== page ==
CHICAGO -- Alex Rios has been one of the nice stories so far this season.
The 29-year-old outfielder was a complete no-show last August when the White Sox claimed him and his $60 million contract from the Toronto Blue Jayson waivers. Rios hit just .199 for the Sox, and on Thursday admitted that his psyche and confidence were shot last fall.
"It's nothing I have to hide," Rios said. "It's just what happened. That was something I had to admit to get over and move forward."
Not many athletes have the intestinal fortitude to admit that they had lost their confidence or their belief in themselves. For Rios, it appears it was cathartic.
"I needed to look honestly at the situation," said Rios, who is hitting .306 with four home runs and 14 RBIs. "To me that was the only way to get over it. So far this season it has been OK."
White Sox manager Ozzie Guillen has always been a big believer in Rios' ability.
"Not many guys have the guts to admit that they lost it," Guillen said. "It wasn't pretty last year. It's not easy to be traded after you've played in one organization and you go somewhere else where you are supposed to be the savior. Now that he has made adjustments since spring training, he has been great."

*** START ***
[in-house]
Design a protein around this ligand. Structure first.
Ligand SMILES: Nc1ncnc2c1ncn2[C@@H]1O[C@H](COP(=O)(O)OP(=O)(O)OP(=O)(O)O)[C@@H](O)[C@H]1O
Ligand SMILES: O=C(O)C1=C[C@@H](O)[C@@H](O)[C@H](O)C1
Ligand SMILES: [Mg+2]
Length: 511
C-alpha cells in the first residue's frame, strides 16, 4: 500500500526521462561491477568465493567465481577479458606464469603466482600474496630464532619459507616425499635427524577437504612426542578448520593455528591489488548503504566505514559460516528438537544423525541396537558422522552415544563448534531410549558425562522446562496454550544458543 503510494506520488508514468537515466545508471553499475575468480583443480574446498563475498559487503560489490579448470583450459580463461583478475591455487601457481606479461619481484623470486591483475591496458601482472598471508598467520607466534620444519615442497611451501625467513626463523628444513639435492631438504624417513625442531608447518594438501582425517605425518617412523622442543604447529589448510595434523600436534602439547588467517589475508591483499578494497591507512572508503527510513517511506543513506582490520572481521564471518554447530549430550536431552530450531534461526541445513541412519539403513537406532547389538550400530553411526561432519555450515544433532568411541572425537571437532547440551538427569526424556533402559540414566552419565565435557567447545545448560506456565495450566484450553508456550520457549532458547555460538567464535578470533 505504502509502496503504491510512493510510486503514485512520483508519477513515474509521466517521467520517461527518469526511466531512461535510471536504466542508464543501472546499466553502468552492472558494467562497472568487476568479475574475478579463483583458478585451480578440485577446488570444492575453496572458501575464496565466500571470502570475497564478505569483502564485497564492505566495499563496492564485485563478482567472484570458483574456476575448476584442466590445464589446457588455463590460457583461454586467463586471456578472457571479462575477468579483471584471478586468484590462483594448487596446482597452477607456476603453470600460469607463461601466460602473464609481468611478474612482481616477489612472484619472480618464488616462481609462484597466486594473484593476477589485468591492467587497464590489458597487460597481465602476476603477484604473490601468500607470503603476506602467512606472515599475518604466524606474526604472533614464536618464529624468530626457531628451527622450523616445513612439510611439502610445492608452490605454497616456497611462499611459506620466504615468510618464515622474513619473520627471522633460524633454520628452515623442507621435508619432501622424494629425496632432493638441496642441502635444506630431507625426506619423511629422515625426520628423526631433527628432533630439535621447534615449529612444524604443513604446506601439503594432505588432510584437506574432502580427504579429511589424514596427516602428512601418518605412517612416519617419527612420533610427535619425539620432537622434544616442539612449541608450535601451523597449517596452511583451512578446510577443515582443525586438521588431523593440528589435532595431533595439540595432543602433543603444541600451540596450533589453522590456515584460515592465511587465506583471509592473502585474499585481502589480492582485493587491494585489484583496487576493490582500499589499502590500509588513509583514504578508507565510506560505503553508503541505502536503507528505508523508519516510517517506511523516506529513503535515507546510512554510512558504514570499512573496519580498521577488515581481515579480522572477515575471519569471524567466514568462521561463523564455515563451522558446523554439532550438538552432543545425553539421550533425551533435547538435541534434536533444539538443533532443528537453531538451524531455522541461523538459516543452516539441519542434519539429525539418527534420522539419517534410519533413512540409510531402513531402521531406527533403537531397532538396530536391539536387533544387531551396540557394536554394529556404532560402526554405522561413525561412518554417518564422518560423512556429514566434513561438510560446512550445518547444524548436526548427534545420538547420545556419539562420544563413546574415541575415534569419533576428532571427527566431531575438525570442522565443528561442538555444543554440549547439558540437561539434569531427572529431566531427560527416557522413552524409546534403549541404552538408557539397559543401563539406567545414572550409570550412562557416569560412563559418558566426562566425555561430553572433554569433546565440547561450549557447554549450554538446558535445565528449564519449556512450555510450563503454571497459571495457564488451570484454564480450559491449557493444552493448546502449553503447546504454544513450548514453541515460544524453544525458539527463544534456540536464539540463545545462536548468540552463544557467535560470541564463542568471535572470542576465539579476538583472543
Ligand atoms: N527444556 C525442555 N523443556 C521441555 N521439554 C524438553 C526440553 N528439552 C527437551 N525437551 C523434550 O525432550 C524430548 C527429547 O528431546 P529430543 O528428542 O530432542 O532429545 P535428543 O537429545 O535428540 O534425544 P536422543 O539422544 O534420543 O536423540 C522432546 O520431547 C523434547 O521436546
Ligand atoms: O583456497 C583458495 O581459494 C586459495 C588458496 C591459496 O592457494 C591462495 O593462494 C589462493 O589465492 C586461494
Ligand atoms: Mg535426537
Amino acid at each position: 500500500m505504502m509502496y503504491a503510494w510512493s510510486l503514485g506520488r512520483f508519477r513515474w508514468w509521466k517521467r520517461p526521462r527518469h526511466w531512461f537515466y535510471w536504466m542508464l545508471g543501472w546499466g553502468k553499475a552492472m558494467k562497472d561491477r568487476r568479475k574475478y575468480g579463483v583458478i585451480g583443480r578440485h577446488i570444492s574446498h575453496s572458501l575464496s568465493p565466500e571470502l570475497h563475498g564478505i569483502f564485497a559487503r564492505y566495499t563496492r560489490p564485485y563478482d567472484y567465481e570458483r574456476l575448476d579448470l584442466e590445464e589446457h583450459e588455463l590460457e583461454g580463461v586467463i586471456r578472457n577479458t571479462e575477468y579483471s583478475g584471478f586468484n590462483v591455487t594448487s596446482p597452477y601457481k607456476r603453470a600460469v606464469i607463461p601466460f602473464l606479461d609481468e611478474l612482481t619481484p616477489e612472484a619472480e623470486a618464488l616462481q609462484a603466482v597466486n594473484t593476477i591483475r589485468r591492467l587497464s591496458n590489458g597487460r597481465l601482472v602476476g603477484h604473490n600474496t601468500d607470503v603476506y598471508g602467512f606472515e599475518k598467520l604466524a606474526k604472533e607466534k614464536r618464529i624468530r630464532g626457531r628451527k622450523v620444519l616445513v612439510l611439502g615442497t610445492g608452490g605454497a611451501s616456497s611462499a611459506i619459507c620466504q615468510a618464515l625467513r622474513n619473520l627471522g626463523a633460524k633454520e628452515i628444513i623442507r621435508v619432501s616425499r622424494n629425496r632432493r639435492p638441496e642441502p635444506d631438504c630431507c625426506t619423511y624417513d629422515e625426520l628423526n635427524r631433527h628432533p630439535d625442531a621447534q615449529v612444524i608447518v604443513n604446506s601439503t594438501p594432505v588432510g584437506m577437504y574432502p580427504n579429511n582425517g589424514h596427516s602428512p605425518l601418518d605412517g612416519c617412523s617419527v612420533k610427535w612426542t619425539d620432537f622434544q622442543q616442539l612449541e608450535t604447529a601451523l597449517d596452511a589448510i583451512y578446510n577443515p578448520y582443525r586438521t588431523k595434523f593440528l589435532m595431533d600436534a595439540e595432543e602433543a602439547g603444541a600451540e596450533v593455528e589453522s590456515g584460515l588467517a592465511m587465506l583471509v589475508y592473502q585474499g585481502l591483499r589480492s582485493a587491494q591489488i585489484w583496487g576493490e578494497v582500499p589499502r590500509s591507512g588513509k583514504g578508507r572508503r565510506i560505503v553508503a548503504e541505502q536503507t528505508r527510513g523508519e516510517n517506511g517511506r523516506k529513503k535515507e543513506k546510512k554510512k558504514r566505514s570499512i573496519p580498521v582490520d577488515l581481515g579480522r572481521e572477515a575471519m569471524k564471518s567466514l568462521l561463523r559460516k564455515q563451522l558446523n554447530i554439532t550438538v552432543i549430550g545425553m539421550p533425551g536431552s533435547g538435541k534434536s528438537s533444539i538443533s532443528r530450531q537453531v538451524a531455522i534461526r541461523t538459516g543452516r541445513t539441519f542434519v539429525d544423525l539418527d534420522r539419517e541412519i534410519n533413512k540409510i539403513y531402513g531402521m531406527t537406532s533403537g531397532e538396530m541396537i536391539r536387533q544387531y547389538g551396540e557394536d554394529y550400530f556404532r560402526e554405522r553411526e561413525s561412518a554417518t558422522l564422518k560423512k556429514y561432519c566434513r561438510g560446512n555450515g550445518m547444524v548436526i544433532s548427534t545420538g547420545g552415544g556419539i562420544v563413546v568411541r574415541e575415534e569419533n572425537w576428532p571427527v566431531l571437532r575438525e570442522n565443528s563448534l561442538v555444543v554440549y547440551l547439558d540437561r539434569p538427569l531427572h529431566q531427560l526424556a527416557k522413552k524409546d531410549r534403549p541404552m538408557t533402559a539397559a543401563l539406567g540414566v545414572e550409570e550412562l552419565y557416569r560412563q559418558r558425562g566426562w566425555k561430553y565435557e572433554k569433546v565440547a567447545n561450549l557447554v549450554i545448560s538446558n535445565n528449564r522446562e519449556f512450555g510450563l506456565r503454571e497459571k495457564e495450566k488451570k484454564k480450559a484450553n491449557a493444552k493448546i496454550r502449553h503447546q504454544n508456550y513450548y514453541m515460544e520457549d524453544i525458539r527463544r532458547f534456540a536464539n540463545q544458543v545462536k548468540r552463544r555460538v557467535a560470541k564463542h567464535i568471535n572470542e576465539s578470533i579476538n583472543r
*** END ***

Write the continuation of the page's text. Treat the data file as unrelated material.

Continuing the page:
During the winter, Guillen said at Sox Fest that he expected Rios to hit 20 homers and steal 50 bases.
"You can't evaluate what a player is just by watching him for two months," Guillen said. "He can do some things. He's done it before. They didn't push him [to run] in Toronto. He's stolen bases before, he's hit home runs before. I don't see why he can't do it. This kid has great potential with us. I don't see why people are surprised by that."
Rios has fit in with the White Sox in spring training when he started to feel comfortable in the environment and get acquainted with his new teammates.
"When Toronto signed me I thought I would be there for a long while," Rios said. "That's what every ballplayer wants. But now I'm glad I'm here with a team that has a good chance to be in the playoffs and to play in a great city."
Rios had a career high in home runs with 24 in 2007 and in stolen bases with 32 in 2008.
For Rios, the Guillen experience has been a good one so far.
"He knows how to keep everyone loose," Rios said. "He jokes around a lot. But he really knows the game. He's very honest and tells you what he thinks. I think he's the type of manager every ballplayer would like to play for."